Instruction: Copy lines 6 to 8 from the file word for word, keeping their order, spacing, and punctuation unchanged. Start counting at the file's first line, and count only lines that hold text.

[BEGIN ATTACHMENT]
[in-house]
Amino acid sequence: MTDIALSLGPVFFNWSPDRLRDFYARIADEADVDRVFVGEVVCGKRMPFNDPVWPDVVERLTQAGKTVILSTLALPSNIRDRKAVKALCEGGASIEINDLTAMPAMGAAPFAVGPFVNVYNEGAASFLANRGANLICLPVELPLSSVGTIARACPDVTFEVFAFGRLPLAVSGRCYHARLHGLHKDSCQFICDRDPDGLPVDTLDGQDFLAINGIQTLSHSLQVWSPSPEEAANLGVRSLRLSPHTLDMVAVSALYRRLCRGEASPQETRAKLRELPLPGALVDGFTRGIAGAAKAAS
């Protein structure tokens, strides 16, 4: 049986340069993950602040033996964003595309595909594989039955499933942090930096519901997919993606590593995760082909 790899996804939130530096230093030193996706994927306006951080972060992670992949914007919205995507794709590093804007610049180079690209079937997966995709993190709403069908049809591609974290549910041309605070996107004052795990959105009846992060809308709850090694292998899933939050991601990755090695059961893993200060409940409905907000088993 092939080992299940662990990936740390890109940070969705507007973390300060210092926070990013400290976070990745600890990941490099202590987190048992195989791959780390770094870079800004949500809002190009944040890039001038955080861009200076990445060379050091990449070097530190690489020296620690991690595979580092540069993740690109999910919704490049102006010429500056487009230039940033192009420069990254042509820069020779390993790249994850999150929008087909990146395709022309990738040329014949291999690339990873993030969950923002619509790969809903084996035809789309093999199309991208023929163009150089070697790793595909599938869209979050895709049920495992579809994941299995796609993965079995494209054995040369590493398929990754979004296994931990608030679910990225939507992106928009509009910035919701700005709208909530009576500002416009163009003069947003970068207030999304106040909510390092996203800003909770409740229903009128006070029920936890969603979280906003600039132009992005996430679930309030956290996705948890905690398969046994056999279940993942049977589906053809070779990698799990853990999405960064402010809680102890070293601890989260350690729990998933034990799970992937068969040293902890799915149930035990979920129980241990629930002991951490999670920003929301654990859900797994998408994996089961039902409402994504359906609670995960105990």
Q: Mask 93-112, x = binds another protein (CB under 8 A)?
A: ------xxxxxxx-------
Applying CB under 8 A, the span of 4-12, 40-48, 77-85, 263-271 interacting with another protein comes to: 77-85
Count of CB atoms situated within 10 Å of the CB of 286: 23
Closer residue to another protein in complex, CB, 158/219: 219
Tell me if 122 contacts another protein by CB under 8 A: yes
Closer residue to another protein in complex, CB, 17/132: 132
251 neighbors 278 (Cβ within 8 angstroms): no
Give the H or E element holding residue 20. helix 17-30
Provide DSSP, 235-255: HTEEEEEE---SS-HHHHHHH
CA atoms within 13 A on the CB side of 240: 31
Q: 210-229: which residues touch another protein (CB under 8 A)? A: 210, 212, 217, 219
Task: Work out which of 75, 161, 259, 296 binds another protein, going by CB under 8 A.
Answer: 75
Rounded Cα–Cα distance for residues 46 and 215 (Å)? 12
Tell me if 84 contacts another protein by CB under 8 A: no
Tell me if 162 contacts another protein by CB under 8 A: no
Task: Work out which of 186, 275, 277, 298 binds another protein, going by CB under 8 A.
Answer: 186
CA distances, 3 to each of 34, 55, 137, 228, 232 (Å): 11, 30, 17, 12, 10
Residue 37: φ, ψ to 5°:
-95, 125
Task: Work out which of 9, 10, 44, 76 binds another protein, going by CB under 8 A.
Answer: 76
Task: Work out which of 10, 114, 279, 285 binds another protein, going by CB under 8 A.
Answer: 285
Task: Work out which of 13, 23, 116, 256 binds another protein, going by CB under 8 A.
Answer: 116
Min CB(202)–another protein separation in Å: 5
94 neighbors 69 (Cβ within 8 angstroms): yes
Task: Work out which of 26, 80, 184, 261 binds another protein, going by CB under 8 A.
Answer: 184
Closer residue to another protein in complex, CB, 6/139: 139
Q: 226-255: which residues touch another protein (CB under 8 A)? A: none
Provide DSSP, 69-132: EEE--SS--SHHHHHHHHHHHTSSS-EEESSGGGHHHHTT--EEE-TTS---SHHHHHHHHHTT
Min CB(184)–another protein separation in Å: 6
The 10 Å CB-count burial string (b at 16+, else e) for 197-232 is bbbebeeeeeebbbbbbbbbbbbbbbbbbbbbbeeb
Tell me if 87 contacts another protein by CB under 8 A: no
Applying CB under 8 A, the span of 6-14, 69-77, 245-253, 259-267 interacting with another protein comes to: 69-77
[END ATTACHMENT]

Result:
Applying CB under 8 A, the span of 4-12, 40-48, 77-85, 263-271 interacting with another protein comes to: 77-85
Count of CB atoms situated within 10 Å of the CB of 286: 23
Closer residue to another protein in complex, CB, 158/219: 219